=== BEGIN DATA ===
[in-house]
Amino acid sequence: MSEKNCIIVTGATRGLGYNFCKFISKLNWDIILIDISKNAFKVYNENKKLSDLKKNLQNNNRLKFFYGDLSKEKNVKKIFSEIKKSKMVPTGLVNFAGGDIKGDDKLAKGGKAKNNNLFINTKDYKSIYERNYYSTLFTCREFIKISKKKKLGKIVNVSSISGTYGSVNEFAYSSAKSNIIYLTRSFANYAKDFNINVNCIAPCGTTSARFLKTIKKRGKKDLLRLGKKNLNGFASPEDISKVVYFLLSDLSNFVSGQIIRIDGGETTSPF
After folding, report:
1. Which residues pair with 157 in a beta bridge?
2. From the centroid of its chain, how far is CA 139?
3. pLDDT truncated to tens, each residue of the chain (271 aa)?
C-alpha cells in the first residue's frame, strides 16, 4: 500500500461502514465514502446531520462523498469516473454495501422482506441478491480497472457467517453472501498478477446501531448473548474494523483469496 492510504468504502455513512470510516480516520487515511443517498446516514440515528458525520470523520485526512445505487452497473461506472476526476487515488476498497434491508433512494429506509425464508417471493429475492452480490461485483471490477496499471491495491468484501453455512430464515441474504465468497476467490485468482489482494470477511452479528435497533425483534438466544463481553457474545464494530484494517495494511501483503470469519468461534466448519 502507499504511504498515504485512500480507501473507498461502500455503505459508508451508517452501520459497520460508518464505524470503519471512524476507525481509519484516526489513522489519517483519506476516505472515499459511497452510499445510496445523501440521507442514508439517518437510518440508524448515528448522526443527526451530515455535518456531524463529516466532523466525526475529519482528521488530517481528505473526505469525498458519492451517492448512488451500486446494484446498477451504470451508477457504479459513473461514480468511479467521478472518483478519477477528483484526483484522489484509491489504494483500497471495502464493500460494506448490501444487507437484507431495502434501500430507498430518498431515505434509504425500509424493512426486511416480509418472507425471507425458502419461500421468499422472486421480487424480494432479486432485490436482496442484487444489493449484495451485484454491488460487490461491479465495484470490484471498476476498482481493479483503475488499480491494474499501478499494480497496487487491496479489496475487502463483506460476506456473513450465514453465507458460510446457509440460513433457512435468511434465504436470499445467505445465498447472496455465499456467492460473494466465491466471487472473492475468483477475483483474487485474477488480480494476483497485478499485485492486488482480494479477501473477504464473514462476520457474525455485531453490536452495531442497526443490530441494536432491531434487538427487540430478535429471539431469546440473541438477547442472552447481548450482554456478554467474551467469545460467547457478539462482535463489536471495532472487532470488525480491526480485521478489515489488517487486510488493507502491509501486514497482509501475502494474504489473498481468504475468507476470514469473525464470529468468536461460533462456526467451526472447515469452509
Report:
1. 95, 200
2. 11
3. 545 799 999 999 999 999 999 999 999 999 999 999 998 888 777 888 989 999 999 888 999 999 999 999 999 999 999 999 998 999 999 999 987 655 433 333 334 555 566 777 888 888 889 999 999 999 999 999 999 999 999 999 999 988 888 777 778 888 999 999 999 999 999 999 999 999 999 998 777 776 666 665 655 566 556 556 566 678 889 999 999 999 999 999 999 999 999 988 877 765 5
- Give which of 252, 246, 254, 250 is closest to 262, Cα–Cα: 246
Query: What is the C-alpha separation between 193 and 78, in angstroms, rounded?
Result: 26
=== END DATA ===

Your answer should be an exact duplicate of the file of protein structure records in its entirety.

[in-house]
Amino acid sequence: MSEKNCIIVTGATRGLGYNFCKFISKLNWDIILIDISKNAFKVYNENKKLSDLKKNLQNNNRLKFFYGDLSKEKNVKKIFSEIKKSKMVPTGLVNFAGGDIKGDDKLAKGGKAKNNNLFINTKDYKSIYERNYYSTLFTCREFIKISKKKKLGKIVNVSSISGTYGSVNEFAYSSAKSNIIYLTRSFANYAKDFNINVNCIAPCGTTSARFLKTIKKRGKKDLLRLGKKNLNGFASPEDISKVVYFLLSDLSNFVSGQIIRIDGGETTSPF
After folding, report:
1. Which residues pair with 157 in a beta bridge?
2. From the centroid of its chain, how far is CA 139?
3. pLDDT truncated to tens, each residue of the chain (271 aa)?
C-alpha cells in the first residue's frame, strides 16, 4: 500500500461502514465514502446531520462523498469516473454495501422482506441478491480497472457467517453472501498478477446501531448473548474494523483469496 492510504468504502455513512470510516480516520487515511443517498446516514440515528458525520470523520485526512445505487452497473461506472476526476487515488476498497434491508433512494429506509425464508417471493429475492452480490461485483471490477496499471491495491468484501453455512430464515441474504465468497476467490485468482489482494470477511452479528435497533425483534438466544463481553457474545464494530484494517495494511501483503470469519468461534466448519 502507499504511504498515504485512500480507501473507498461502500455503505459508508451508517452501520459497520460508518464505524470503519471512524476507525481509519484516526489513522489519517483519506476516505472515499459511497452510499445510496445523501440521507442514508439517518437510518440508524448515528448522526443527526451530515455535518456531524463529516466532523466525526475529519482528521488530517481528505473526505469525498458519492451517492448512488451500486446494484446498477451504470451508477457504479459513473461514480468511479467521478472518483478519477477528483484526483484522489484509491489504494483500497471495502464493500460494506448490501444487507437484507431495502434501500430507498430518498431515505434509504425500509424493512426486511416480509418472507425471507425458502419461500421468499422472486421480487424480494432479486432485490436482496442484487444489493449484495451485484454491488460487490461491479465495484470490484471498476476498482481493479483503475488499480491494474499501478499494480497496487487491496479489496475487502463483506460476506456473513450465514453465507458460510446457509440460513433457512435468511434465504436470499445467505445465498447472496455465499456467492460473494466465491466471487472473492475468483477475483483474487485474477488480480494476483497485478499485485492486488482480494479477501473477504464473514462476520457474525455485531453490536452495531442497526443490530441494536432491531434487538427487540430478535429471539431469546440473541438477547442472552447481548450482554456478554467474551467469545460467547457478539462482535463489536471495532472487532470488525480491526480485521478489515489488517487486510488493507502491509501486514497482509501475502494474504489473498481468504475468507476470514469473525464470529468468536461460533462456526467451526472447515469452509
Report:
1. 95, 200
2. 11
3. 545 799 999 999 999 999 999 999 999 999 999 999 998 888 777 888 989 999 999 888 999 999 999 999 999 999 999 999 998 999 999 999 987 655 433 333 334 555 566 777 888 888 889 999 999 999 999 999 999 999 999 999 999 988 888 777 778 888 999 999 999 999 999 999 999 999 999 998 777 776 666 665 655 566 556 556 566 678 889 999 999 999 999 999 999 999 999 988 877 765 5
- Give which of 252, 246, 254, 250 is closest to 262, Cα–Cα: 246
Query: What is the C-alpha separation between 193 and 78, in angstroms, rounded?
Result: 26